Hiking Camping Backpacking
Hiking—The Ultimate Mind-Body Workout
To rookies, hiking may not look too different from walking. People who aren’t familiar with hiking often overlook the major differences between hiking and walking. Aside from the gear, hiking itself is a completely different form of a workout than walking.
Unlike walking, hiking engages every muscle of the body. It involves covering long, off-road distances at a steady pace. The terrain and the elevation of the trail exert your body in ways that walking on the sidewalk can’t.
We know from research that hiking stimulates our muscles, joints, and heart.
Let’s take a look at how hiking is different from walking:
When we walk on leveled surfaces, our body is experiencing “passive dynamics”. Our walking stride has an effect similar to a swinging pendulum. When we continue to move back and forth, more energy is needed to keep going.
Because hiking requires you to move for long distances on off-road services, more energy is used to walk strides.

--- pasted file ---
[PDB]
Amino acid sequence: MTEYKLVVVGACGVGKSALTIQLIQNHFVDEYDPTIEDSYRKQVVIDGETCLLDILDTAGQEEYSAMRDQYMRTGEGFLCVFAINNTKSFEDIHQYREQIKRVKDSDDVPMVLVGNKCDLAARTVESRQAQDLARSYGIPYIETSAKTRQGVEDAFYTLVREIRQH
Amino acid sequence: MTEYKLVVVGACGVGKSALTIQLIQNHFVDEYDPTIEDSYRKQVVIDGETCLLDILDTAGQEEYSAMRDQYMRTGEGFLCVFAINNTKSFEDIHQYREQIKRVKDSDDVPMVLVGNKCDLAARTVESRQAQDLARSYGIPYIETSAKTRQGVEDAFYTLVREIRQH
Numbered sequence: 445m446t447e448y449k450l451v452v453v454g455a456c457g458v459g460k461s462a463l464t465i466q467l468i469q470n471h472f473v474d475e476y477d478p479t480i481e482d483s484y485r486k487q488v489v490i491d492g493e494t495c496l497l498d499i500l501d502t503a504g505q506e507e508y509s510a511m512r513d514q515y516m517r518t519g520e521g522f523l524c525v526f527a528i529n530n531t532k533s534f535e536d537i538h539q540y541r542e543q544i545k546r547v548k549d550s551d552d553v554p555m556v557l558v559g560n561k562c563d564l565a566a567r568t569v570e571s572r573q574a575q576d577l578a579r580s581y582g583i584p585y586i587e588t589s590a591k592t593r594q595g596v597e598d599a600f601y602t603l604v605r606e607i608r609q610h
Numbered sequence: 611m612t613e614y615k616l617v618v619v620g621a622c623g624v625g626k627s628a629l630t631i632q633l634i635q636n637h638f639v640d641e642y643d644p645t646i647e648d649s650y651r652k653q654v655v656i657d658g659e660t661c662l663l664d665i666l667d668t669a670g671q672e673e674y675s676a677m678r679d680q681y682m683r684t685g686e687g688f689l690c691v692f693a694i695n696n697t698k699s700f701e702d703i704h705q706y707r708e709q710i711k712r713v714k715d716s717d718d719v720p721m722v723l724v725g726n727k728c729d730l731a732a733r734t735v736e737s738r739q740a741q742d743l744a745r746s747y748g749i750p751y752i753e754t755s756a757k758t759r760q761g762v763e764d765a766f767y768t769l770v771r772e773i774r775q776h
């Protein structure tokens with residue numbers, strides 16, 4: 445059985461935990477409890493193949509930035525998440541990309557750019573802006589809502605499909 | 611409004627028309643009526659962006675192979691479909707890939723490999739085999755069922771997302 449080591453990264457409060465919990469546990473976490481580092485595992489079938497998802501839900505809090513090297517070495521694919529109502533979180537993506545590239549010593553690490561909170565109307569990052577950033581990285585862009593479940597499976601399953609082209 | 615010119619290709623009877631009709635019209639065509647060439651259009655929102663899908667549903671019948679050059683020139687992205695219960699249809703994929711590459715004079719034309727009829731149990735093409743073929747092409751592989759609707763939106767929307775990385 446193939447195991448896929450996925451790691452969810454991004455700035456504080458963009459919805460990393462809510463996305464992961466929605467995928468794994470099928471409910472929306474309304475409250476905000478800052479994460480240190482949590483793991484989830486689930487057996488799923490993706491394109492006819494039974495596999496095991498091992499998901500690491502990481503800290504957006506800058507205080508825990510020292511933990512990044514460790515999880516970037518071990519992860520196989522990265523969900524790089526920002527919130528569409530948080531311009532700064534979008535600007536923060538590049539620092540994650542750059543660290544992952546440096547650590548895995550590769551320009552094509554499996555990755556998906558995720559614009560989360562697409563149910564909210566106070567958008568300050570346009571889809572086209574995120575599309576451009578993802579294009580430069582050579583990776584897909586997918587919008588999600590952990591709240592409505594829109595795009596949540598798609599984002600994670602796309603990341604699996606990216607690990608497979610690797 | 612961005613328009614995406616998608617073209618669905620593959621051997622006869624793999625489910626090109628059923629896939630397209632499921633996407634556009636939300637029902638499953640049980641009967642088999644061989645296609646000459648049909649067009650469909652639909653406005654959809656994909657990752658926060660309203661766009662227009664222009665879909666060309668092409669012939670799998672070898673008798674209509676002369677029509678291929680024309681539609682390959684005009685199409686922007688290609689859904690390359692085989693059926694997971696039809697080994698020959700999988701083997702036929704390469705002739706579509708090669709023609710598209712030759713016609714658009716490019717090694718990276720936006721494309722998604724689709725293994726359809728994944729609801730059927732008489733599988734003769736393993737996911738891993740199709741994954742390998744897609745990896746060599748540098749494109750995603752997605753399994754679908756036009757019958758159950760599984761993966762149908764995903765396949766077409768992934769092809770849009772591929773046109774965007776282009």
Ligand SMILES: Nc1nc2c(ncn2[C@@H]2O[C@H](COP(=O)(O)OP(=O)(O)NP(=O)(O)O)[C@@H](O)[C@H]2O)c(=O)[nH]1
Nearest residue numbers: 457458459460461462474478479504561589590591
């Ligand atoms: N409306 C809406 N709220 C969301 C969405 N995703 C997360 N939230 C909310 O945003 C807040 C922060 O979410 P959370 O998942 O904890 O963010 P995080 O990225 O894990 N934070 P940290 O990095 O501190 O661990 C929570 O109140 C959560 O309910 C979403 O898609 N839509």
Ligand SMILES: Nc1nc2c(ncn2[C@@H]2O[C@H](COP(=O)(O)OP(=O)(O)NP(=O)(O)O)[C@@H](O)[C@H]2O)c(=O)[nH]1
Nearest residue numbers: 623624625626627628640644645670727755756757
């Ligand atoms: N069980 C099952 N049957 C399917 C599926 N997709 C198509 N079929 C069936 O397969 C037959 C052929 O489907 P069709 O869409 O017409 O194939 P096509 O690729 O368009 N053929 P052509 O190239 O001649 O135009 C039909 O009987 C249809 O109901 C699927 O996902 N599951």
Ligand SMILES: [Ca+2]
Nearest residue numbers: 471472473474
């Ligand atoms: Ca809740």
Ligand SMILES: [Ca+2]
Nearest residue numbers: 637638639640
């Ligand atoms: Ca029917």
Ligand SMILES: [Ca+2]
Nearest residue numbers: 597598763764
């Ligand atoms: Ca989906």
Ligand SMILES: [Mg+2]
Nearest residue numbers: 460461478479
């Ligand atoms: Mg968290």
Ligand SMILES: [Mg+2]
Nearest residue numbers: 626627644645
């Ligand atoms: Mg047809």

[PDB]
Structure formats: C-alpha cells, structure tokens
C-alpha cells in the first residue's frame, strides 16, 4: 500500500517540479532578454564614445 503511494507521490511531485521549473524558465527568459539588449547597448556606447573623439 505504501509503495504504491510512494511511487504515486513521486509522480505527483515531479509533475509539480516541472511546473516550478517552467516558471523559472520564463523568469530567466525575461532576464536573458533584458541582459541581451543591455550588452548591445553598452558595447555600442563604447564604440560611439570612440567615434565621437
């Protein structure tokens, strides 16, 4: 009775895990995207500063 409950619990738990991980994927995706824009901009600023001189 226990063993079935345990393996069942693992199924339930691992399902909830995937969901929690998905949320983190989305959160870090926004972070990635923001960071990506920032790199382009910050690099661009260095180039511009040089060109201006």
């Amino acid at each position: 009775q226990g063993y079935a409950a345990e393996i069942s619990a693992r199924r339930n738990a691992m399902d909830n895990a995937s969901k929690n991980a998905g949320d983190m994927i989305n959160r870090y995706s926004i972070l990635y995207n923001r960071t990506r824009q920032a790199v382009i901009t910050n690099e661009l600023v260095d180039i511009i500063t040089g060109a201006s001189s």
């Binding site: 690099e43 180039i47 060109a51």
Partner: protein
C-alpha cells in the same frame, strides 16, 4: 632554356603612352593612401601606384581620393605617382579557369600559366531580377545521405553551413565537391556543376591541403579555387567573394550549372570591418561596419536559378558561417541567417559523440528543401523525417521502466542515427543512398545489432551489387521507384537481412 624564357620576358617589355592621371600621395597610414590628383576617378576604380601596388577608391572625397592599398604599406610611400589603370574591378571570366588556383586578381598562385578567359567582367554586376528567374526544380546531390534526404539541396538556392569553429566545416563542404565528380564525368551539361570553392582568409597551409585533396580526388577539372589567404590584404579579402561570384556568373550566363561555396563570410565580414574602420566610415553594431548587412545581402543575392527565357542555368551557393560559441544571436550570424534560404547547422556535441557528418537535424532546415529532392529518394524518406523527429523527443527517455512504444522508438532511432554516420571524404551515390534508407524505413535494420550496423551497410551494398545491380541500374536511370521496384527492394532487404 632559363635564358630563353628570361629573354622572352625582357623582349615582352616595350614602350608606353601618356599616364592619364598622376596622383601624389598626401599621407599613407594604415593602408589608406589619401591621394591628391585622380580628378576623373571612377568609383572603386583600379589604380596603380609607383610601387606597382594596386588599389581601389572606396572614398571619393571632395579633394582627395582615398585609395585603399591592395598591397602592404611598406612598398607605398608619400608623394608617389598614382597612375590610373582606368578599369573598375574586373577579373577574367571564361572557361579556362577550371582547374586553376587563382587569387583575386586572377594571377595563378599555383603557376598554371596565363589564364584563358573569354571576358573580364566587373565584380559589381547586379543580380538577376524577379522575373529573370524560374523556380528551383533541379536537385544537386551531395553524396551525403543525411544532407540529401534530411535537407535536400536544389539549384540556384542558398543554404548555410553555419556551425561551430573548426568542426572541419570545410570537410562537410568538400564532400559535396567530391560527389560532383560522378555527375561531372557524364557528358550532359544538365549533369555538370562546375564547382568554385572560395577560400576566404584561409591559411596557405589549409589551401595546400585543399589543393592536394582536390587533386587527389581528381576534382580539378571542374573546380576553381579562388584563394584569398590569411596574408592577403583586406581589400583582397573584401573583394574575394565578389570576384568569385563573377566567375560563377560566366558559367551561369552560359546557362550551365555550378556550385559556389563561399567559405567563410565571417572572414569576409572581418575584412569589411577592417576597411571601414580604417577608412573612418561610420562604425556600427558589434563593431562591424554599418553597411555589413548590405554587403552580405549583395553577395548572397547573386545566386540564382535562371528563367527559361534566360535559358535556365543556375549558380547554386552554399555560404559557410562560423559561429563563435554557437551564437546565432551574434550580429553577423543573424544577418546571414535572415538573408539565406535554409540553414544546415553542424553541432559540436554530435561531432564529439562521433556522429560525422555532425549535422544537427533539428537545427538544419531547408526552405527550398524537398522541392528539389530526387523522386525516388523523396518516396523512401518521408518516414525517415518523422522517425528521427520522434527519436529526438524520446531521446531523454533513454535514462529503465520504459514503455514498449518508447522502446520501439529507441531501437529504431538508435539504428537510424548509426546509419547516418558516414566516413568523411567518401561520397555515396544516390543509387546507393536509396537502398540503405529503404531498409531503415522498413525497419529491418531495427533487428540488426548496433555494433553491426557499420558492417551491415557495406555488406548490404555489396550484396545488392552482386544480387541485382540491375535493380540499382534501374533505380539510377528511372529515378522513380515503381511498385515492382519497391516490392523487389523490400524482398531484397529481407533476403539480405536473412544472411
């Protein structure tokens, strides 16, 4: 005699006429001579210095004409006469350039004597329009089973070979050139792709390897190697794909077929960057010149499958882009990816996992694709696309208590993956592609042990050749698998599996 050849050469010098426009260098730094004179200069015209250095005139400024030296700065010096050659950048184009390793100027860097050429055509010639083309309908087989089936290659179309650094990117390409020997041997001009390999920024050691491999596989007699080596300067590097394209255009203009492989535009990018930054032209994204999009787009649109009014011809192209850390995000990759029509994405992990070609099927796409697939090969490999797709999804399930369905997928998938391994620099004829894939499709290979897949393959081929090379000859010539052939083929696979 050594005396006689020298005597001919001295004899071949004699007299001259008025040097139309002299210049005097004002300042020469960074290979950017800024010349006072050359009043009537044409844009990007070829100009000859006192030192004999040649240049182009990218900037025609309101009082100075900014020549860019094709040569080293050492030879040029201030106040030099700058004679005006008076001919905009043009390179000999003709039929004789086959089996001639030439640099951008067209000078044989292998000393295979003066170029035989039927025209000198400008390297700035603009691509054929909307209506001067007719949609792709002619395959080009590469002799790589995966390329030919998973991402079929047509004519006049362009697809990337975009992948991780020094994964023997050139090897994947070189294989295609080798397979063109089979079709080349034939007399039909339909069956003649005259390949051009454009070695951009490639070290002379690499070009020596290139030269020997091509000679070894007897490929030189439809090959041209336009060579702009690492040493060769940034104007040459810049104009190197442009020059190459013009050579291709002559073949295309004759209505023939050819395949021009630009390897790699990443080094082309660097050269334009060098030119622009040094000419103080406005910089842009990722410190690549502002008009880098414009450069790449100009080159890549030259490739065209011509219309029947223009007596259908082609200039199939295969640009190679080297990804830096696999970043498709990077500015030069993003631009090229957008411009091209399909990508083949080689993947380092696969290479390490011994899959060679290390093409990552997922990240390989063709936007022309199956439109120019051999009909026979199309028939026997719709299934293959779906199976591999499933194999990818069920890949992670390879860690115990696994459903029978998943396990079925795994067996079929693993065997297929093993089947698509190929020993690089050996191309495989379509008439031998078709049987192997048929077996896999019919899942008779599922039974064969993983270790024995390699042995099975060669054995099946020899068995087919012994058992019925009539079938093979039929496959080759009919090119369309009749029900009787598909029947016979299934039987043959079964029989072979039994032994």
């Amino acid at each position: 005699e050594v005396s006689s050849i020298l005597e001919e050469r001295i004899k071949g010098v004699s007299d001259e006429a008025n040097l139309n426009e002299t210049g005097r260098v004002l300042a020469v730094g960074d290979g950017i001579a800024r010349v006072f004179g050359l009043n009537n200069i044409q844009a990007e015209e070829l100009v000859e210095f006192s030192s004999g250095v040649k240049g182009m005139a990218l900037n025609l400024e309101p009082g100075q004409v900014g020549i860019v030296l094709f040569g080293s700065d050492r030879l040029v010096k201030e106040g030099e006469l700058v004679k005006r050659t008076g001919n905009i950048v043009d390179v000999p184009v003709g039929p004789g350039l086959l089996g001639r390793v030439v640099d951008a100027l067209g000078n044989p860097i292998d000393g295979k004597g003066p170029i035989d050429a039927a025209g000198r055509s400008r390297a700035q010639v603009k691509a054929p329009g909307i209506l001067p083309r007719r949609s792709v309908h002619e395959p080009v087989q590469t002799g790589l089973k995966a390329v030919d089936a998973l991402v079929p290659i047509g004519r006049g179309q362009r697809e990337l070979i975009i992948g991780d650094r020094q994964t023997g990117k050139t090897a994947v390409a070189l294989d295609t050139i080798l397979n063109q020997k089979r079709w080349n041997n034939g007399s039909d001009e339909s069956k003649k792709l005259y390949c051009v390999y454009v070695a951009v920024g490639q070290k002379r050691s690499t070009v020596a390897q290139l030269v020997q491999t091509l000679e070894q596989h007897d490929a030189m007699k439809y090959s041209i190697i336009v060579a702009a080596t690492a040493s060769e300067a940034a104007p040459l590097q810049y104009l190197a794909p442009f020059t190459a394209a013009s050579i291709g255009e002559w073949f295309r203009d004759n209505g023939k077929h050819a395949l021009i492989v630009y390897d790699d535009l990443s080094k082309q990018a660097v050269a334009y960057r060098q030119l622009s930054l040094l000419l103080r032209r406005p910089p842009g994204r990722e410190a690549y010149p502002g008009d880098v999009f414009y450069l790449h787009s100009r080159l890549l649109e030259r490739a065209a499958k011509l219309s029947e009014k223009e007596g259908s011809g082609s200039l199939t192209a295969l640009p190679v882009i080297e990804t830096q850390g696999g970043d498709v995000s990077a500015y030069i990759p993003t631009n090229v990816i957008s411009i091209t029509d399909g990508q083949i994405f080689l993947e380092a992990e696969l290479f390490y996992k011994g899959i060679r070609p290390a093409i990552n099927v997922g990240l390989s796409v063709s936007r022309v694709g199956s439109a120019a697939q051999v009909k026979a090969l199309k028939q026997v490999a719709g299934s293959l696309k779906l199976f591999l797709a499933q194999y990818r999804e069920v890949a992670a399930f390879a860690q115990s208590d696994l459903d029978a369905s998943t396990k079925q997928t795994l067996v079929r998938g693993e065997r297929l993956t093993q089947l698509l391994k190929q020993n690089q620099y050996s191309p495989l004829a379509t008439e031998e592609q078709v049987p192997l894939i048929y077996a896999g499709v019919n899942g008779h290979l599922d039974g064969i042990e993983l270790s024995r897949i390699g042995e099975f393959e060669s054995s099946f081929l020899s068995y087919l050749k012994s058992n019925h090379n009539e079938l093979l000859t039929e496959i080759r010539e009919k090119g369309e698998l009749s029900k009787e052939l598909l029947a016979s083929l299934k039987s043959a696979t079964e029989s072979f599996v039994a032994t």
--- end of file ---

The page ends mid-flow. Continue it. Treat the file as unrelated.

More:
A lot more energy is transferred when you’re hiking on uneven terrain. Both your metabolic rate and heart rate will increase and you’ll burn more calories in return.
Increased Use of Energy
When you hike on uneven terrain, your body uses 28% more energy than when you walk on leveled surfaces. Hiking on uneven terrain causes you to shift between your leg muscles. Your muscles contract and expand according to the ups and downs of the ground. This constant shifting of muscles uses more energy than walking and helps burn calories.
Burning calories is only one of the many benefits of hiking; the amount of muscles hiking engages is by far its greatest benefit—especially in a time where so many of us have sedentary lifestyles.
When you’re hiking or trail running, your body will engage various muscle groups depending on the type of surface you’re moving on. Every muscle from your hips and knees down to your ankles will be engaged at some point on a hike.
Depending on the type of terrain you’re walking on, you can engage muscle groups that aren’t usually stimulated, which in turn helps improve stability and balance.
Having the right backpack is crucial whenever you go on a hike. Opt for hiking gear and backpacks from specialty stores instead of department stores.
Light Hiking Gear offers a collection of scientifically-designed backpacks that were made to reduce pressure on hikers’ backs and joints when they’re on the trail. Our backpacks offer ample space for your belongings; they’re made of moisture-wicking fabrics and help balance large loads without impacting balance.
Check out our daypacks, StrongLites, and UltraLites online and place your order today.
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